With us today is Frank C. Smeenk President & Chief Executive Officer of KWG Resources Inc. Mr. Smeenk discusses recent conversation with Noront Resources after proposed acquisition of Cliffs Chromite was announced.
JOHANNESBURG (miningweekly.com) – Uranium and gold producer Alliance Resources’ $90-million Four Mile uranium project, in South Australia, could evolve into the first in the world to be powered by a renewable energy source, MD Patrick Mutz said on Monday.
The project, discovered in 2005, is due to be commissioned in early 2010.
Mutz said that the opportunity to go green at Four Mile stemmed from a memorandum of understanding, signed in 2005 between Heathgate Resources and geothermal energy producer Petratherm to take power for the mine from Petratherm’s planned nearby hot-rocks pilot plant.
“Petratherm’s Paralana project is located 5 km to the east of the Four Mile project, with the deep-well heat exchanger drilling at Paralana to start in June,” Mutz said at the Paydirt 2009 South Australian Resources & Energy Investment Conference.
“We believe the hot-rocks pilot plant will have the capacity, if proven commercial, to provide Four Mile’s total power needs. If that eventuates, it would be the first uranium mine in the world to source its electricity requirements from a renewable energy source.”
Alliance is a 25% joint-venture partner in Four Mile’s development along with the privately owned Quasar Resources, the project’s operator.
The Four Mile mine’s construction was expected to be completed in December, along with all outstanding environmental approvals and mining permitting, allowing commissioning and mining to start next January as an on-site recovery operation.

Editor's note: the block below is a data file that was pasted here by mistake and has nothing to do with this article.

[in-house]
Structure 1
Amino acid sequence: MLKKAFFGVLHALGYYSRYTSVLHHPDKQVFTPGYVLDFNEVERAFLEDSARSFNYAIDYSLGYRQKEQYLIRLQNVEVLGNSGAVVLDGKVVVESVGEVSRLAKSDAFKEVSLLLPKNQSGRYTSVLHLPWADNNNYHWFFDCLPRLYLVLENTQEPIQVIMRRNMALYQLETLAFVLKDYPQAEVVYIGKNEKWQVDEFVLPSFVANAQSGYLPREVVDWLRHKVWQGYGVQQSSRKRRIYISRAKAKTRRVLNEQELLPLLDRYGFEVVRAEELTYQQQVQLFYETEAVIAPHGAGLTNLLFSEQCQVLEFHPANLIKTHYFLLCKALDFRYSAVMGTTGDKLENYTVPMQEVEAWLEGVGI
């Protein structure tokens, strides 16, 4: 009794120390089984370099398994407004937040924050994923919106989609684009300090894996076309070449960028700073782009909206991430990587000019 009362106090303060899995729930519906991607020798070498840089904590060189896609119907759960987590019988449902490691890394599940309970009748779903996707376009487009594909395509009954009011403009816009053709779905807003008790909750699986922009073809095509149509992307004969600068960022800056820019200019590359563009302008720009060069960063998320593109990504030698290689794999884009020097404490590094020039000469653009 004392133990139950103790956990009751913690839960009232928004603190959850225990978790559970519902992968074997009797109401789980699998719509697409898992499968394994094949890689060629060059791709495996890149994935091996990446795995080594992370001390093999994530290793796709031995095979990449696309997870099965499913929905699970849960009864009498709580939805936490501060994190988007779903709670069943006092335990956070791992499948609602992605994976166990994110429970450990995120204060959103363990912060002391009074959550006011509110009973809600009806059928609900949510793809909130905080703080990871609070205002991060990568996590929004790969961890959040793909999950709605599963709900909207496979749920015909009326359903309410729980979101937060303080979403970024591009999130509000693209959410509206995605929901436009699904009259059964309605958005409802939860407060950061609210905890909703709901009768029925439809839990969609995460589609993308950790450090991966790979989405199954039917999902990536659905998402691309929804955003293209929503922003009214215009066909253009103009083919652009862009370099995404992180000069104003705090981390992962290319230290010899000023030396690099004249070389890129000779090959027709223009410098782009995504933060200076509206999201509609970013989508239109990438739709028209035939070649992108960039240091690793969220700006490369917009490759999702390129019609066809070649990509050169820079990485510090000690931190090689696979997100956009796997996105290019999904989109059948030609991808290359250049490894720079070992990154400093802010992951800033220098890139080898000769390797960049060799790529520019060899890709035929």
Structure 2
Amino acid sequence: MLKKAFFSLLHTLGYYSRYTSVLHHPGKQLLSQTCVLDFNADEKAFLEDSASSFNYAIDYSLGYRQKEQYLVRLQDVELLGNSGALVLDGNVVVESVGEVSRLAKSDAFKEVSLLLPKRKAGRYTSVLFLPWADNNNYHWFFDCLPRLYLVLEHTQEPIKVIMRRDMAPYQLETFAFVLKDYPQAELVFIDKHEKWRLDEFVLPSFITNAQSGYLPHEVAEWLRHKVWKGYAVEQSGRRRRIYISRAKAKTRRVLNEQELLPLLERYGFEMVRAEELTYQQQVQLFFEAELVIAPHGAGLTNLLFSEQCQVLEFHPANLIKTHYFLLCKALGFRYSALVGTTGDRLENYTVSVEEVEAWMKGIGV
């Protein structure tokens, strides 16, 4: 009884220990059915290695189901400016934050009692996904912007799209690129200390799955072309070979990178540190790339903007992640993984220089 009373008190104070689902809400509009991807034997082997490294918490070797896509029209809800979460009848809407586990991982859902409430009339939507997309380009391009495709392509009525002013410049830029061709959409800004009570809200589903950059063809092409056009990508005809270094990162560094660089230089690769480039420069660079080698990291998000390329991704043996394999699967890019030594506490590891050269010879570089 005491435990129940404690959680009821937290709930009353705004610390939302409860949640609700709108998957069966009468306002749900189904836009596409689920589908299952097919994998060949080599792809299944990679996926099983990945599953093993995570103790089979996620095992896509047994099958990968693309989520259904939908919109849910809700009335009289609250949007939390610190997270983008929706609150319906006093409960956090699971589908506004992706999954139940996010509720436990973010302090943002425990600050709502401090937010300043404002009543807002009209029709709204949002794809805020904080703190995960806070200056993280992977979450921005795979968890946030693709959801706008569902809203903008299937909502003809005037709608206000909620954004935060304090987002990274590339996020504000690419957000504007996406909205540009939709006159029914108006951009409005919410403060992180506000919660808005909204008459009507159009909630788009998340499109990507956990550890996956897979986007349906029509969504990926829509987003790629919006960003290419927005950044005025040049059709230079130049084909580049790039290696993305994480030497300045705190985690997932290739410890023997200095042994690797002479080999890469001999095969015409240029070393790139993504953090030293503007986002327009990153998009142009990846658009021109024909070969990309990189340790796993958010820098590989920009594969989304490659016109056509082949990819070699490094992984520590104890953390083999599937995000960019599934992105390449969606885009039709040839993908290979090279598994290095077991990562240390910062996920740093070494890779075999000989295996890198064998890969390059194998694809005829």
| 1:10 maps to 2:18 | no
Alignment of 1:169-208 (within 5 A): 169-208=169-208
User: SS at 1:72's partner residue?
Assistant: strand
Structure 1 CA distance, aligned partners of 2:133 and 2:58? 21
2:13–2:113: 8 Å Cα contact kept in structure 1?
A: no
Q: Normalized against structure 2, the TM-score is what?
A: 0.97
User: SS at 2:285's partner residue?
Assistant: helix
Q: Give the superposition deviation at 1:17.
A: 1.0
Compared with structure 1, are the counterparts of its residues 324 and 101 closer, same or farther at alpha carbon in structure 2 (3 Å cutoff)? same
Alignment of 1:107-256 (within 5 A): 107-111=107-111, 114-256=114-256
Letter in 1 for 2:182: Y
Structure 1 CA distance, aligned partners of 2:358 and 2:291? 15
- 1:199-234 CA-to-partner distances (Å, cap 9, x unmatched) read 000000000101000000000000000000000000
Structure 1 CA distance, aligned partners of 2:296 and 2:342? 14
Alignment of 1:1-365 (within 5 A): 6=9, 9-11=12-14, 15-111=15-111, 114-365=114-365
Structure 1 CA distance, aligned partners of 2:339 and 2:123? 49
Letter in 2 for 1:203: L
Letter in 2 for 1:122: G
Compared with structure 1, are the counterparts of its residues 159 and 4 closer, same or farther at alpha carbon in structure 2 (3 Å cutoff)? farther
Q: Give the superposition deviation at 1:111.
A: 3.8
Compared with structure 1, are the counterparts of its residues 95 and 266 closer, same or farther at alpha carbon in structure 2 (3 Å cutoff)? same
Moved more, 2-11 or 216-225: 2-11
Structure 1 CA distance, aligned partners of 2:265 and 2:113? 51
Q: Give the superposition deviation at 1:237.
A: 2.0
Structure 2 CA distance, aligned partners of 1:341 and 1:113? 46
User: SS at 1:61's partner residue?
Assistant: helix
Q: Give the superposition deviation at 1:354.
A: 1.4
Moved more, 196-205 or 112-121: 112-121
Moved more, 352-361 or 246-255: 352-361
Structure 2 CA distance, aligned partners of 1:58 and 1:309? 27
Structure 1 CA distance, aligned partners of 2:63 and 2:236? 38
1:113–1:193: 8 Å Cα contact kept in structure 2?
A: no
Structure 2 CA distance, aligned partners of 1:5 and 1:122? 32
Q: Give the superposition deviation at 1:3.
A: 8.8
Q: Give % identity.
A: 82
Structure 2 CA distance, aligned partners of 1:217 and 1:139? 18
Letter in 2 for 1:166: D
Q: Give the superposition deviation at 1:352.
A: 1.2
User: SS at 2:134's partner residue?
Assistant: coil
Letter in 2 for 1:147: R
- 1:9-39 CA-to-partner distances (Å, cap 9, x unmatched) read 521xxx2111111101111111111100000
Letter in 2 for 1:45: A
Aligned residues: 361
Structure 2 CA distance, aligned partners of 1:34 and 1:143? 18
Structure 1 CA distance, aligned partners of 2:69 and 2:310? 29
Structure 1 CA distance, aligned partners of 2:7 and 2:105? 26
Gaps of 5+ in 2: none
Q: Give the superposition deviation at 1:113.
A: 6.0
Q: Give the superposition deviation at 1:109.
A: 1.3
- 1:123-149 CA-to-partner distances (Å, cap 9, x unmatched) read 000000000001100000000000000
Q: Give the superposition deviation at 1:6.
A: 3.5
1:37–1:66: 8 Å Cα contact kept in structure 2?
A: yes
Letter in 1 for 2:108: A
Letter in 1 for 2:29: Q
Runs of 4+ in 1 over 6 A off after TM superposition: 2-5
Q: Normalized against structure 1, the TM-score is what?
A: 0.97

Mutz said that initial production rates from Four Mile, which was Australia’s largest uranium discovery in 25 years, were forecast to be around three-million pounds of uranium oxide, or about 1 400 t of contained uranium oxide a year.
A resource update is expected within two to three months, and Mutz noted that there was considerable upside for an expanded resource base.
“We expect initial cash costs to be around A$38,80 a pound or about $25/lb. At the current spot price of $44/lb, the margin is significant and of course the long-term uranium price is much higher. I believe the majority of Four Mile production will be sold on long-term contracts.”
Mutz said that Four Mile will emerge as the third-largest Australian uranium mine, and will rank within the top ten uranium mines in the world.